16 November 2011, BBC–Greece is bracing for a large rally to mark the anniversary of the student uprising in 1973 that helped bring down the country’s military dictatorship.The march is expected to be joined by protesters against planned austerity measures, which Greece must implement to tackle its growing debt crisis.
Some 7,000 policemen are being deployed in Athens amid fears that the rally may turn violent.
It comes a day after Greece’s interim government won a confidence vote.
The governing coalition of Lucas Papademos had a huge majority – 255 MPs voted in favour, and 38 against.
The technocratic government must approve a new bailout package and commit to reforms in order to secure the next instalment of an international loan.
History repeating?The 17 November demonstration traditionally draws huge crowds in Athens every year.
People march from the polytechnic to the US embassy in protest at US support of the junta, which Washington saw at the time as a buffer against communism.
But this time the march will be more than a commemoration, drawing protests against the cost-cutting Greece is currently pursuing, the BBC’s Mark Lowen in Athens reports.
In 1973, the uprising helped usher in the end of the country’s leadership, and the current government will hope that history will not repeat itself, our correspondent adds.
The government says the austerity measures are essential, although two party leaders within the coalition remain reluctant to sign a document committing themselves to the bailout terms.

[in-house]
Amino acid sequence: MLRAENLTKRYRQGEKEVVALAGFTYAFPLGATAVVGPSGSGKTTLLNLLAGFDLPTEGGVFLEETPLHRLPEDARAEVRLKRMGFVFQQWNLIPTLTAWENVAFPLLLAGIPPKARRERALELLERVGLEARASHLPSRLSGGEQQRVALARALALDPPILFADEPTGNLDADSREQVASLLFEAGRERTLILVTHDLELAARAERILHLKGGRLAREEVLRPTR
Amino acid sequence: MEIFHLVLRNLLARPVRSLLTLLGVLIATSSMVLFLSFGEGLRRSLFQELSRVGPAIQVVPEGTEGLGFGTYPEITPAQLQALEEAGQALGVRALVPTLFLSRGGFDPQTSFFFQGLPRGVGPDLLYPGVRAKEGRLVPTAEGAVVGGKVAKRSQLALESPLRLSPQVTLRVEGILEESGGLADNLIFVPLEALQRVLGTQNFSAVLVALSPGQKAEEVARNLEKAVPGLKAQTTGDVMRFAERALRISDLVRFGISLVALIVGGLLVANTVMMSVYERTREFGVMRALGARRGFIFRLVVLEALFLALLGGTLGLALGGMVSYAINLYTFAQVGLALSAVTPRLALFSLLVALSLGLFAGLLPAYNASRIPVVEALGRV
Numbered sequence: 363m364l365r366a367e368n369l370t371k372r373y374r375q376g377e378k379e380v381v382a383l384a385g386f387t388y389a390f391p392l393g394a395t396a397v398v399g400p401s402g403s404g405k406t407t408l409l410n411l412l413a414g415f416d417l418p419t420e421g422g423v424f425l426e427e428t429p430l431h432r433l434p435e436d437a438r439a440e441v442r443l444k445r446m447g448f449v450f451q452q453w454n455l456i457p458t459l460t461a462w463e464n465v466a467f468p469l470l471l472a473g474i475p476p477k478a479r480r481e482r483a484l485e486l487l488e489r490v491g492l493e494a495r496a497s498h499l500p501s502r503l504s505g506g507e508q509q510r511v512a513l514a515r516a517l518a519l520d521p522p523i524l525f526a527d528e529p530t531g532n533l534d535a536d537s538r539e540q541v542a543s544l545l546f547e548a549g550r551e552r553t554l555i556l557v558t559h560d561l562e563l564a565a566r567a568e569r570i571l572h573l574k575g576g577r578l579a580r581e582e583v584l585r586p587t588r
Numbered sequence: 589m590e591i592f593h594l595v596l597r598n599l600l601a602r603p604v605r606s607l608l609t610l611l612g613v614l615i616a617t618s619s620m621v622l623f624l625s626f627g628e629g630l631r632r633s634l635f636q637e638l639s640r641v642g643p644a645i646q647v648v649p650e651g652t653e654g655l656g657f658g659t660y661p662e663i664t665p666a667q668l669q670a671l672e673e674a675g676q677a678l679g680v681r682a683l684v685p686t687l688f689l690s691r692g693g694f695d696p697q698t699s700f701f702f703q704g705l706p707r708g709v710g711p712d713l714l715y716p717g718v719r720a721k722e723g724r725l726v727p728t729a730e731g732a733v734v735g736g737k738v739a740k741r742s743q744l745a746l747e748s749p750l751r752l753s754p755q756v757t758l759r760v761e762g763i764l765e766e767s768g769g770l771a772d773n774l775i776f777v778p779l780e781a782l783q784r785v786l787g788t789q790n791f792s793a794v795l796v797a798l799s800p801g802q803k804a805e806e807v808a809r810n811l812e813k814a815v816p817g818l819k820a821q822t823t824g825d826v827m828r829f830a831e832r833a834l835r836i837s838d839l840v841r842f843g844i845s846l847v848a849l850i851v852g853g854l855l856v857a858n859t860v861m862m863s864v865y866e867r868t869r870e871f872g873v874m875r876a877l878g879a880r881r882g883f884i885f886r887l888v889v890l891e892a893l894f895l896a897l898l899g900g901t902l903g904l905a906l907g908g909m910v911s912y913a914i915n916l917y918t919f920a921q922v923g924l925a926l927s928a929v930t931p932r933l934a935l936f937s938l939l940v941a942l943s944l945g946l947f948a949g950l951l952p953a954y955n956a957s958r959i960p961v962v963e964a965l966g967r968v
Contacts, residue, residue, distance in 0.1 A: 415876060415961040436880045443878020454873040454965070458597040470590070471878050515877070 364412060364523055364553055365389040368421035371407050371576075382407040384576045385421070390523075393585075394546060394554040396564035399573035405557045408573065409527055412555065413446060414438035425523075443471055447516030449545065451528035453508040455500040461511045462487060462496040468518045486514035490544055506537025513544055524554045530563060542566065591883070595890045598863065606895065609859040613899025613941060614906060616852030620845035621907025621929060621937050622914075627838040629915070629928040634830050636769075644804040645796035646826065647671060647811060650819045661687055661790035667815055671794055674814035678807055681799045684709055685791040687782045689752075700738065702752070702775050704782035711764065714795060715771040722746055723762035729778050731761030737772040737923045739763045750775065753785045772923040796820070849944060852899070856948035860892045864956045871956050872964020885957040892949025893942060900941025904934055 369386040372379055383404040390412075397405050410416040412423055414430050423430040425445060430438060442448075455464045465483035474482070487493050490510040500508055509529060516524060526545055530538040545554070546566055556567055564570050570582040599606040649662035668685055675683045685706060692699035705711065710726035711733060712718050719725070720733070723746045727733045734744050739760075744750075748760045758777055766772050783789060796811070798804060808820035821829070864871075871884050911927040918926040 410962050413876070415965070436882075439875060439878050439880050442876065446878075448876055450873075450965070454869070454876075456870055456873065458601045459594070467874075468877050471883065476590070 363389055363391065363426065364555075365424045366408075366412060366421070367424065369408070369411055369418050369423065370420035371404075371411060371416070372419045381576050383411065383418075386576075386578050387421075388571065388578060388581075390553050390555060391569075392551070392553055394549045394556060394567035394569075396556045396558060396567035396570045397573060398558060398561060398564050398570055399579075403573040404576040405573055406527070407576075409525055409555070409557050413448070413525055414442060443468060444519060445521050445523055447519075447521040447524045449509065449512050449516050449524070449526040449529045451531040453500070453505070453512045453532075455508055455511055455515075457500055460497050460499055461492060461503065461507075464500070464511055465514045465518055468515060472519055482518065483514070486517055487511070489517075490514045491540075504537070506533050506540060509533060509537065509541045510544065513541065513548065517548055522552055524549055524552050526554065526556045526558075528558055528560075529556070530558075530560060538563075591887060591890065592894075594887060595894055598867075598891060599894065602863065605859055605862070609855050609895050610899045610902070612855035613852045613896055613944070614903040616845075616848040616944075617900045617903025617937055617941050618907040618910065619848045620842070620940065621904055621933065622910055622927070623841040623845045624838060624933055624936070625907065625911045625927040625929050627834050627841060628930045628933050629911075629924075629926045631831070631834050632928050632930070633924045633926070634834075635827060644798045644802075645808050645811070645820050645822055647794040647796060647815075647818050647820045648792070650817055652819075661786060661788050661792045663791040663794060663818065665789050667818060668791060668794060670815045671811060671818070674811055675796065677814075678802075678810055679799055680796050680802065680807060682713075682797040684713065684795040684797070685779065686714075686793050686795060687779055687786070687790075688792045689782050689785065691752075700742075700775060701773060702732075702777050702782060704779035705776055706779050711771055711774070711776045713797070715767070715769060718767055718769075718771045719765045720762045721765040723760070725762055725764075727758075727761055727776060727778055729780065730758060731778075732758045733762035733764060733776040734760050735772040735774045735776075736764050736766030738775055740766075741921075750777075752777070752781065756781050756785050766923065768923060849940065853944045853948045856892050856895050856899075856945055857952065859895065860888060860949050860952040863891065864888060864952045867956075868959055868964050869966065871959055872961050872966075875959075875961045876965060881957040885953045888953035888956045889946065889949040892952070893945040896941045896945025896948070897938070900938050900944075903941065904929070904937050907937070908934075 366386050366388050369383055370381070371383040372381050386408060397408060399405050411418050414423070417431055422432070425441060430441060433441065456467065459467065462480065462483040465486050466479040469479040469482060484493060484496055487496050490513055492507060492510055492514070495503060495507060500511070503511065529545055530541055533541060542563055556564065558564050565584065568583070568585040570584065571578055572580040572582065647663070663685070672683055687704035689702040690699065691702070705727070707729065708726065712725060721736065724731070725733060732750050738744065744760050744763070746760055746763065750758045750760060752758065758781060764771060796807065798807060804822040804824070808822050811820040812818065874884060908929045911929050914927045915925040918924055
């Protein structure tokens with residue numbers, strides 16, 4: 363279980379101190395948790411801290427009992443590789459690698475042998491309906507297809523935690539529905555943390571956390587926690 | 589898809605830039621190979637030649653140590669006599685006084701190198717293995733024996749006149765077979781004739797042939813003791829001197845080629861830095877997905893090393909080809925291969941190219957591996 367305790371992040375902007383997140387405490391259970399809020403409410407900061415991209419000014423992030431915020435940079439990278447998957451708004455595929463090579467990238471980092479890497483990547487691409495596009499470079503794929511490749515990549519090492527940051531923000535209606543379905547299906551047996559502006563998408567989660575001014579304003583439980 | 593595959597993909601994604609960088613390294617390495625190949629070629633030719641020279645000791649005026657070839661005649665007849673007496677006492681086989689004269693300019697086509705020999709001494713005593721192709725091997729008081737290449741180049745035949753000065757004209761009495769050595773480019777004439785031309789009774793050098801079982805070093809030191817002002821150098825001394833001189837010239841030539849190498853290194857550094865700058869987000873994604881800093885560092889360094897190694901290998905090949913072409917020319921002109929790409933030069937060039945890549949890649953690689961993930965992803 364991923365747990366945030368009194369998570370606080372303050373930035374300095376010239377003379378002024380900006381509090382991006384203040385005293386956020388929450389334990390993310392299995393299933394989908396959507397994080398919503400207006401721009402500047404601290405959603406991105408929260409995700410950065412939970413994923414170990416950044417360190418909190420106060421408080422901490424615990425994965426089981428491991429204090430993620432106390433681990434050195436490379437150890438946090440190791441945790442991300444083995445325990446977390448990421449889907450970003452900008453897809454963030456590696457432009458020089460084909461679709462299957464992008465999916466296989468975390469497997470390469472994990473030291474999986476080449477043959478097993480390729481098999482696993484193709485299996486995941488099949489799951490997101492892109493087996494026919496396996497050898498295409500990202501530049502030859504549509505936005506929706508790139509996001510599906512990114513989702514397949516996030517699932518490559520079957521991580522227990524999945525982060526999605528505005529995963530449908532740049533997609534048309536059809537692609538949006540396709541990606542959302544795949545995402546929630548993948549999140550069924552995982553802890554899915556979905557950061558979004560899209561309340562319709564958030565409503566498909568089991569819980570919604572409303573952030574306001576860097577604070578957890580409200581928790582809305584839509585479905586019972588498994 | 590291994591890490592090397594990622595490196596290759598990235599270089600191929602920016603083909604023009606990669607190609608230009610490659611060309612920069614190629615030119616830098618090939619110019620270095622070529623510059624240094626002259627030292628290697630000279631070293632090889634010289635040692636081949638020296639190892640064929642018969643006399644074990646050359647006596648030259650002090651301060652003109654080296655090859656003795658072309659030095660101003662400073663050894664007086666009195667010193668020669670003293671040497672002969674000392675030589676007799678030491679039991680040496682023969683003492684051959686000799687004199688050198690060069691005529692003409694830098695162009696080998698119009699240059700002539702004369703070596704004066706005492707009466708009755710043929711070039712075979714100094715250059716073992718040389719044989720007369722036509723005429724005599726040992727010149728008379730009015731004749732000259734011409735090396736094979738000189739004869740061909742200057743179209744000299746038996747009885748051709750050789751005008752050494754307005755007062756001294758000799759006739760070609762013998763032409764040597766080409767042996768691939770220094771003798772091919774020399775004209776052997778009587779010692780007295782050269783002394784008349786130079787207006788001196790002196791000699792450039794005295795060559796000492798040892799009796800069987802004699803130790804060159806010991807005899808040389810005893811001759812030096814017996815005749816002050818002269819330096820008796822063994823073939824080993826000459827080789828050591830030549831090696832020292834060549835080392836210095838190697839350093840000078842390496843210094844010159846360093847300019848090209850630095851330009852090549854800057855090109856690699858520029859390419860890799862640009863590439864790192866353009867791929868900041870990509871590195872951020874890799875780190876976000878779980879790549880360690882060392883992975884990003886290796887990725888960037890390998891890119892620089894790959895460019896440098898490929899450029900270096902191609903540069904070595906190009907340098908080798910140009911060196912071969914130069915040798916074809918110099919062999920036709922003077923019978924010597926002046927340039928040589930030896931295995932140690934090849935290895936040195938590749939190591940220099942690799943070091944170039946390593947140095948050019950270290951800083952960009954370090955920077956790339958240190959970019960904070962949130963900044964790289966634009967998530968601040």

They are the leaders of the conservative New Democracy party, Antonis Samaras, and the leader of Greece’s Far Right Laos party, George Karatzaferis.
But both leaders backed the unity government in the vote.
Mr Papademos, an unelected former banker, earlier said his priority was ratifying the international 130bn euro ($177bn; £111bn) bailout package agreed at an EU summit last month.
Speaking before Wednesday’s confidence vote in parliament, Mr Papademos appealed for unity and said Greece needed to take bolder steps to tackle the crisis.
“Dealing with Greece’s problems will be more difficult if Greece is not a member of the eurozone,” he told parliament.
The planned reforms have already triggered widespread protest in Greece.
The crisis led to the resignation last week of the then-Prime Minister George Papandreou.
The unity government is intended to run the country until elections in February.